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Old 01-26-2015, 02:47 PM
 
Location: Portland, Oregon
46,053 posts, read 29,573,101 times
Reputation: 7830

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Quote:
Originally Posted by nei View Post
Not as much: Chicago (CTA + Pace) has 1.8 million weekday riders, Boston (MBTA) has 1.3 million riders, Washington DC (MetroRail + MetroBus + Commuter Rail) has 1.3 million riders. New York City (MTA + commuter rail + PATH + suburban buses) has about 10 million riders. Chicago is the second largest, but the gap between NYC and Chicago is much larger than Chicago and the next largest city for transit ridership. My numbers aren't exact, and some are double counted because people do rail to bus transfers, but the relative difference should be about right.
Chicago's rail system would need to double to even begin to compete with NYC when it comes to ridership. And even then, NYC would need to expand rail in the Bronx, Queens, and the New Jersey side to be at the level of ridership they should be at.
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Old 01-26-2015, 03:40 PM
Status: "Summer!" (set 29 days ago)
 
Location: Foot of the Rockies
87,038 posts, read 102,742,261 times
Reputation: 33084
Quote:
Originally Posted by bhamoutlook View Post
It's amazing being on the train in Chicago (or any other city) and seeing the "quality" of people transform as you go from one neighborhood to the next.
"Quality" of people? Are you for real? The income level may change, but that's no way to evaluate quality of a person.
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Old 01-26-2015, 06:05 PM
 
Location: Lakewood OH
21,698 posts, read 23,704,584 times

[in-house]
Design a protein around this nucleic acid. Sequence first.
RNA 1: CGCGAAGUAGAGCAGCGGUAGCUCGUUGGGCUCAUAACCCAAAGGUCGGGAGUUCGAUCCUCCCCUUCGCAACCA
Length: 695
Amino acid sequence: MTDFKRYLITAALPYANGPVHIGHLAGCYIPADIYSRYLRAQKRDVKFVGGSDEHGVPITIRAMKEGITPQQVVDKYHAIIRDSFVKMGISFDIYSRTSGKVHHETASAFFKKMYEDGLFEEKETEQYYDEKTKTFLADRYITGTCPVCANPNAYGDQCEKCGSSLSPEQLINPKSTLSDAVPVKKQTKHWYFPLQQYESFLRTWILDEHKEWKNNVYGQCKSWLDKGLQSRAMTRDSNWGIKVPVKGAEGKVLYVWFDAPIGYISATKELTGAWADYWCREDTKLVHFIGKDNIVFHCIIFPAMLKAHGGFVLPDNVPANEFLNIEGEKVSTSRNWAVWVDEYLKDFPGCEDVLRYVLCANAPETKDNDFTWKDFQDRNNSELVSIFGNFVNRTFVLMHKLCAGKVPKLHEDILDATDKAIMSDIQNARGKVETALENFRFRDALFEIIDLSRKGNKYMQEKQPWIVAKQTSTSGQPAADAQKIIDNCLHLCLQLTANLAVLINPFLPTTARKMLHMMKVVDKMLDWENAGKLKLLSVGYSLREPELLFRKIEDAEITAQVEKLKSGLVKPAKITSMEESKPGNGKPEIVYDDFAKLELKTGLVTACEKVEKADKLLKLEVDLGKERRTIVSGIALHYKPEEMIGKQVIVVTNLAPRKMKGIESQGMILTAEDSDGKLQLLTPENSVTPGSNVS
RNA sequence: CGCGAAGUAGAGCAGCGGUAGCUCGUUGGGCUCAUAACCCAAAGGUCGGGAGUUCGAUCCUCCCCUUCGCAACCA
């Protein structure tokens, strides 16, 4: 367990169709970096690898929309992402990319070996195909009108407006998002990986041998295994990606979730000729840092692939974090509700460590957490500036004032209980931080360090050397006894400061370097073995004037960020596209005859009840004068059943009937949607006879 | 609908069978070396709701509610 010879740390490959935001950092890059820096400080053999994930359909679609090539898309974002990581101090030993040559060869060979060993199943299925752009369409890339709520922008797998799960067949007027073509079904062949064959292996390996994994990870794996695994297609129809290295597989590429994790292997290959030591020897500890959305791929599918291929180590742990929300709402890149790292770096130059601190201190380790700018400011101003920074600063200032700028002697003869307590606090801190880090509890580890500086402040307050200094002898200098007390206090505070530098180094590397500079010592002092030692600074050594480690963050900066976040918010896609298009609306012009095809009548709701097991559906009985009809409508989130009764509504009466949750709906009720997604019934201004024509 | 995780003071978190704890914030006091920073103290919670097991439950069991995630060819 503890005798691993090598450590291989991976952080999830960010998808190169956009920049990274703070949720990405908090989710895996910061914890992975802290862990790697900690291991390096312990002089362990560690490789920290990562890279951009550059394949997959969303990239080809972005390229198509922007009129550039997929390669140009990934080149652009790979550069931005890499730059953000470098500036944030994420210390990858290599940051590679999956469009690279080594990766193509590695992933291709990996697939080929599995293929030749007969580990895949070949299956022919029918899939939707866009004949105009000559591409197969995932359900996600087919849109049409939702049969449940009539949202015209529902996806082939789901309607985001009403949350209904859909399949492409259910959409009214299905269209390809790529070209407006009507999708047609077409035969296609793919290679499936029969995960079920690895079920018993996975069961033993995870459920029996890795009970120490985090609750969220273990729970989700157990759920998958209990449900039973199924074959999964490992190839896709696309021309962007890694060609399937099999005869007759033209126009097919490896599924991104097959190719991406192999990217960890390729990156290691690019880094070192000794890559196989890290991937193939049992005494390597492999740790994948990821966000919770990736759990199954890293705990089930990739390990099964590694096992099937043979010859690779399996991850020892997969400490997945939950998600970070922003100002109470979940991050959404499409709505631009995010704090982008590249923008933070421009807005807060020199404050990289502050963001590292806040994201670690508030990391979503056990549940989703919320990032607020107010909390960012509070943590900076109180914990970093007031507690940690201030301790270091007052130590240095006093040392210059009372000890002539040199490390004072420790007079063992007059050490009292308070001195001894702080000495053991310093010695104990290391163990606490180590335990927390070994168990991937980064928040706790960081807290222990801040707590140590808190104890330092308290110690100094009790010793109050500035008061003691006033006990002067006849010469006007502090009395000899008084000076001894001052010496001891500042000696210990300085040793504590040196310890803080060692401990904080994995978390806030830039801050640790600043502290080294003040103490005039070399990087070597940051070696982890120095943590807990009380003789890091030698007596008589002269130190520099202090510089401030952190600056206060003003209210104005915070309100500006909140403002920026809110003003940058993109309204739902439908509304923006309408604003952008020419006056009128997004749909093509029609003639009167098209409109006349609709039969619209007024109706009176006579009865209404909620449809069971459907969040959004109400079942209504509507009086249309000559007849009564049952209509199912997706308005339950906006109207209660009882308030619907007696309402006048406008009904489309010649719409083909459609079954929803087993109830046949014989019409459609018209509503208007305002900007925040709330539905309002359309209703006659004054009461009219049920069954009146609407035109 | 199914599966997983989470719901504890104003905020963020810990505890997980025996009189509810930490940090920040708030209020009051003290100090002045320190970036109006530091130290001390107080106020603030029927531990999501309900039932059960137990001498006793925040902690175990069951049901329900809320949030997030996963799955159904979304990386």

Reputation: 35450
Quote:
Originally Posted by impala096 View Post
You haven't always taken mass transit to work though. I explicitly said "taken". If you've taken the bus, should i assume you were the driver?
Huh? Usually the popular vernacular used in reference to riding a bus is "they have taken" a bus.You make it sound as if you are referring to someone who has driven the bus.Or maybe even stole a bus.

To clarify for you because I suspect everyone else was clever enough to understand what I meant, I always rode mass transit to work. There, does that make you feel better? When I worked, the great majority of the time I rode mass transit on off hours to appointments, recreation and anyplace else I needed to go after work and on weekends. Now that I am retired, I ride it just about anytime of day. The areas in which I traveled included downtowns and all neighborhoods within and outside the cities in which I lived.

Last edited by Minervah; 01-26-2015 at 06:16 PM..
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Old 01-26-2015, 06:18 PM
 
Location: Birmingham
779 posts, read 770,353 times
Reputation: 359
Quote:
Originally Posted by FallsAngel View Post
"Quality" of people? Are you for real? The income level may change, but that's no way to evaluate quality of a person.
Thanks for correcting me as I'm sure it made you feel negatively. I was reluctant to use the word and that's why I used quotations. However, there is some truth to it. When I use the word quality, I am not referring to income, education, etc. Unfortunately, in the lower income areas, you'll usually find criminals and other undesirable people of the sort. That's what I meant. You can definitely see the difference as you switch neighborhoods... People start to fight each other, things are stolen, things are vandalized, and so on.
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Old 01-26-2015, 06:19 PM
 
Location: southern california
55,701 posts, read 74,709,789 times
Reputation: 48232
rail and bus systems are useless if your streets are unsafe. the only people that will ride them are those with nothing to lose.
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Old 01-26-2015, 06:20 PM
 
Location: Birmingham